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Practical Info for the Boat

-10 °C

I thought I would share some info on what to expect while on the boat for anyone who is thinking about doing a cruise around the Galapagos. First off book early, you can't start planning your trip too soon. There were plenty of travel agencies in both Puerto Ayora and Quito that were advertising last minute deals for cruise's around the islands. We never stopped to check them out or see about pricing, but its such an amazing trip why leave it up to chance.

We booked our trip through CNH Tours and found them very easy to deal with, responsive and pretty well organized. We had no problems with any of the reservations that they made for us. The boat we were on was called Tip Top III for an 8 day 7 night cruise. Personally I feel this is the right amount of time to be on the cruise and that we were on the right size of boat. There were 16 passengers on our boat, which was a good amount. Tours larger than 16 people require an extra naturalist guide. With 8 people in each panga (dingy), they were comfortable and not overcrowded, shuttling us to the islands from the boat was quick and efficient. Something that would be lost with a larger group of people. Quite a few times during my research I came across the statement, "spend as much as you can afford on the cruise, but don't spend over $4000.00 usd per person". I found this to be quite true. I feel we got excellent value for our money and did not spend over $4000.00 per person, close but not over. Prices go up every year, so this may change in the future.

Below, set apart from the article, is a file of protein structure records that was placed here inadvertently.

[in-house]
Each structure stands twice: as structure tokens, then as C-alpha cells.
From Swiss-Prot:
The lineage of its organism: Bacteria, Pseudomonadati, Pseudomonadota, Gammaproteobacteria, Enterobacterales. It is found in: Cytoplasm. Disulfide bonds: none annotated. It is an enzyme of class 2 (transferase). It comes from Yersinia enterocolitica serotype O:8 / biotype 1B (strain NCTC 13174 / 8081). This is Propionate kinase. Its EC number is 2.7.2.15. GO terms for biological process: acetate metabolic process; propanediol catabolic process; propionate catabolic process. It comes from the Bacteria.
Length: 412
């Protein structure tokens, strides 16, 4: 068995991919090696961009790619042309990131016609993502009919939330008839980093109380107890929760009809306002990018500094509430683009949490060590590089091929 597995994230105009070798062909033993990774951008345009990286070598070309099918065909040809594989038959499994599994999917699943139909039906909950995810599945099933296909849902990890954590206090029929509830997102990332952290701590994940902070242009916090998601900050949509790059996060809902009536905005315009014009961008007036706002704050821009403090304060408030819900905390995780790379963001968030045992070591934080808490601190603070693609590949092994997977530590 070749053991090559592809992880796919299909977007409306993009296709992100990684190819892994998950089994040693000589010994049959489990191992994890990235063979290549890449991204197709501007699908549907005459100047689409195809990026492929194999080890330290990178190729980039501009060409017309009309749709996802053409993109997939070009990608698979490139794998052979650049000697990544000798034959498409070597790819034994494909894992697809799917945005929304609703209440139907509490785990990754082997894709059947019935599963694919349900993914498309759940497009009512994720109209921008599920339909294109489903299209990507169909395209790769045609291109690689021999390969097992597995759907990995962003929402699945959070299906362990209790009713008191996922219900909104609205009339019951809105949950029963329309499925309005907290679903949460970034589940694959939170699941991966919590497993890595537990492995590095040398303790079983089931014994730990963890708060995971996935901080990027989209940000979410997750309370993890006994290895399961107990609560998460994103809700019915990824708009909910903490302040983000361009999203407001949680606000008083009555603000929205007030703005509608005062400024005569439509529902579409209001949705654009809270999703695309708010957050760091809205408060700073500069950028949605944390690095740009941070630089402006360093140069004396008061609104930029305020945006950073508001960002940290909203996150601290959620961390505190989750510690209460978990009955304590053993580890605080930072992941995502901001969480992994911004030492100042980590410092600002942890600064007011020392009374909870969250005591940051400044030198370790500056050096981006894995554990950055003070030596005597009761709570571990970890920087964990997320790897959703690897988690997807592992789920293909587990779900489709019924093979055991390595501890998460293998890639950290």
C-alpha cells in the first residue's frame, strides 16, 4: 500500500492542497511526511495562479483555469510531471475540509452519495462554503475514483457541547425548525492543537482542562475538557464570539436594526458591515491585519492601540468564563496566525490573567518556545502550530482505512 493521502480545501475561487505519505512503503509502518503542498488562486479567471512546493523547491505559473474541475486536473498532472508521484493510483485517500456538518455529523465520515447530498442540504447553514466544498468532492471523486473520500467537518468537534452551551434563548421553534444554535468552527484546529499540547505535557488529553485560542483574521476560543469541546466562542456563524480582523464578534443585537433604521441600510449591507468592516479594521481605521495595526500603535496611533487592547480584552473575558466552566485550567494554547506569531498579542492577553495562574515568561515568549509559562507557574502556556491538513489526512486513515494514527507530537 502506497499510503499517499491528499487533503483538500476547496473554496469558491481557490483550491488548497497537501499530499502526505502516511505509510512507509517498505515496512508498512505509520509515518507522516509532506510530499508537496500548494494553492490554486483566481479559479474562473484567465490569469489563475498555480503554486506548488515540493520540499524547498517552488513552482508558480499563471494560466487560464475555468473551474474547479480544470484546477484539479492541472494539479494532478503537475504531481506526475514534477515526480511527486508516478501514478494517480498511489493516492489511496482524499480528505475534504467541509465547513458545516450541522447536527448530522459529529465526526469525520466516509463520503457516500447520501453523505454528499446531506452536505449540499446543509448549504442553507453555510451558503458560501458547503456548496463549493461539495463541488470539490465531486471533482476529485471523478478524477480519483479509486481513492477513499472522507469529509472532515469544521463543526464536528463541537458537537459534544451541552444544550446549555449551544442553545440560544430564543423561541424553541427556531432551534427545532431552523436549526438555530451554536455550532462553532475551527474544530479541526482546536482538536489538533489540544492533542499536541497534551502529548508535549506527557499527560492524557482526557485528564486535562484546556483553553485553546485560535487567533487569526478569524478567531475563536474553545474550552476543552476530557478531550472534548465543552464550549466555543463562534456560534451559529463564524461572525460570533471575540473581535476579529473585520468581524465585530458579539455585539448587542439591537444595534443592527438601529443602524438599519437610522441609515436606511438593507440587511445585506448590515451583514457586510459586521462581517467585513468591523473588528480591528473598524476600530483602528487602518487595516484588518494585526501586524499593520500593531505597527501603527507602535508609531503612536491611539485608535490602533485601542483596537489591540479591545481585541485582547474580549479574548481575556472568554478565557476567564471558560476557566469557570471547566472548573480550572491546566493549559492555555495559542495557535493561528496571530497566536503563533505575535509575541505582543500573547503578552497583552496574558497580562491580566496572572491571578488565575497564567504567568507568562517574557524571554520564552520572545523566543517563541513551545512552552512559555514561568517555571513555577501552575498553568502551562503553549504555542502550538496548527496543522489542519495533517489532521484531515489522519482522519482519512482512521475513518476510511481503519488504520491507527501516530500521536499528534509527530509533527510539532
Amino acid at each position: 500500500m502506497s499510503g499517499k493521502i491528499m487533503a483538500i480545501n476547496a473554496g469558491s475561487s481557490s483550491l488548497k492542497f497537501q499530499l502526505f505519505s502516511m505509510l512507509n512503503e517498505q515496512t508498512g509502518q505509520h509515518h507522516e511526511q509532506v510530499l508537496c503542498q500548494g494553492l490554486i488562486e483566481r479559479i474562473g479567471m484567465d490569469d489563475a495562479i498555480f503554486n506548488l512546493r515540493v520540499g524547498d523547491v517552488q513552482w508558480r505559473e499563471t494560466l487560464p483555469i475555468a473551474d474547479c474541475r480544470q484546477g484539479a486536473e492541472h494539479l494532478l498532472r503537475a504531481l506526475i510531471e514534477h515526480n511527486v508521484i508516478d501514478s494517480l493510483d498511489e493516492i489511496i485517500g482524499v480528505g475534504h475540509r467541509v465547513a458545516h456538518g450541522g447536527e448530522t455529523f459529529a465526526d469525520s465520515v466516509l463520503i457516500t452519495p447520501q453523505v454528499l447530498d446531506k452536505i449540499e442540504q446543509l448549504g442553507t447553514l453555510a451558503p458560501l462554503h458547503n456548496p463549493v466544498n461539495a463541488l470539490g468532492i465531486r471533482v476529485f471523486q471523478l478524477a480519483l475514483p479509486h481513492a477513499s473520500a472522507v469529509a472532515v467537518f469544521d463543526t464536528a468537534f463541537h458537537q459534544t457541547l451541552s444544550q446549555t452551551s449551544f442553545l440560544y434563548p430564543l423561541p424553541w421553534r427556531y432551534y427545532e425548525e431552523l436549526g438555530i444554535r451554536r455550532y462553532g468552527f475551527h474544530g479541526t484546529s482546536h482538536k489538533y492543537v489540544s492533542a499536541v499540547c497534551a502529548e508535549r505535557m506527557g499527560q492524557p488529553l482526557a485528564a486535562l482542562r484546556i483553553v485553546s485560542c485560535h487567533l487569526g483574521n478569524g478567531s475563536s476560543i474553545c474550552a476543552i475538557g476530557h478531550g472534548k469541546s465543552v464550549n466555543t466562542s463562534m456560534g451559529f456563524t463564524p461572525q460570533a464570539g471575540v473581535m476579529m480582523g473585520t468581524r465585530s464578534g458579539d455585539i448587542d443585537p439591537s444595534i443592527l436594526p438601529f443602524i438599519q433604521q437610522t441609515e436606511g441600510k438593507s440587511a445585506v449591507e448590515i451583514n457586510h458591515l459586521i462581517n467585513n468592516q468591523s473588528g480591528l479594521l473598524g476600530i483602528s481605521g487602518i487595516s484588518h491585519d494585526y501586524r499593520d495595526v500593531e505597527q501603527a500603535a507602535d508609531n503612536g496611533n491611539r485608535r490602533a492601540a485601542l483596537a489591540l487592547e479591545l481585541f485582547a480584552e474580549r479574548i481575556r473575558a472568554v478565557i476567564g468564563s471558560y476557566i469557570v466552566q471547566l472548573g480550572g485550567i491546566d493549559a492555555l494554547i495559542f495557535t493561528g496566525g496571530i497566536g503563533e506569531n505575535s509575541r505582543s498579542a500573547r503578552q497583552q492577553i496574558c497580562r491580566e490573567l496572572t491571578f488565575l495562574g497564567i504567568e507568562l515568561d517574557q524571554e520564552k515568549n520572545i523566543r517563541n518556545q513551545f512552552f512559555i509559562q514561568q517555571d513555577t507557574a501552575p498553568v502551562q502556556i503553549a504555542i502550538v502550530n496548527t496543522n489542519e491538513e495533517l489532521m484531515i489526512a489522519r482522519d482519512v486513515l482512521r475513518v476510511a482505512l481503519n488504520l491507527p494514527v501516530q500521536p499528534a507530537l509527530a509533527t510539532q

The boat was large enough to afford everyone some breathing room, with the dining room, saloon, covered deck and sun deck you could easily find some personal space. If you really wanted to be alone you could return to your cabin whenever you felt like it. There was a small library onboard, some games, a tv and dvd's and a laptop with music hooked up to the boats speaker system. The crew always made sure the boat was clean and comfortable, by the time breakfast was finished they had made your bed and cleaned up your cabin. Fresh bath towels were available whenever you needed or wanted a new one. No face cloths are available so if you are used to using them, bring a couple along for the trip. Biodegradable body wash and shampoo were in dispenser's inside the shower stall. Toilet paper and hand soap were also supplied. Beach towels were also provided for the snorkel trips and beach days.

The cabins are small but comfortable and we had enough space to store our luggage in the closet, if you are used to sleeping in a king bed you may want to opt for the twin bedded room, other wise you get a cozy double bed. But your pretty tired each evening so falling to sleep was never really an issue. The first night was the tough one, especially if you have never slept on a boat before. We took some anti-nausea pills and patches, we did end up using the patches near the end of our trip as the boat got into more open ocean. They worked great, made you thirsty but other wise I highly recommend them. The boat had purified water for the passengers to drink, but the desalinized water out of the bathroom tap was fine for brushing your teeth.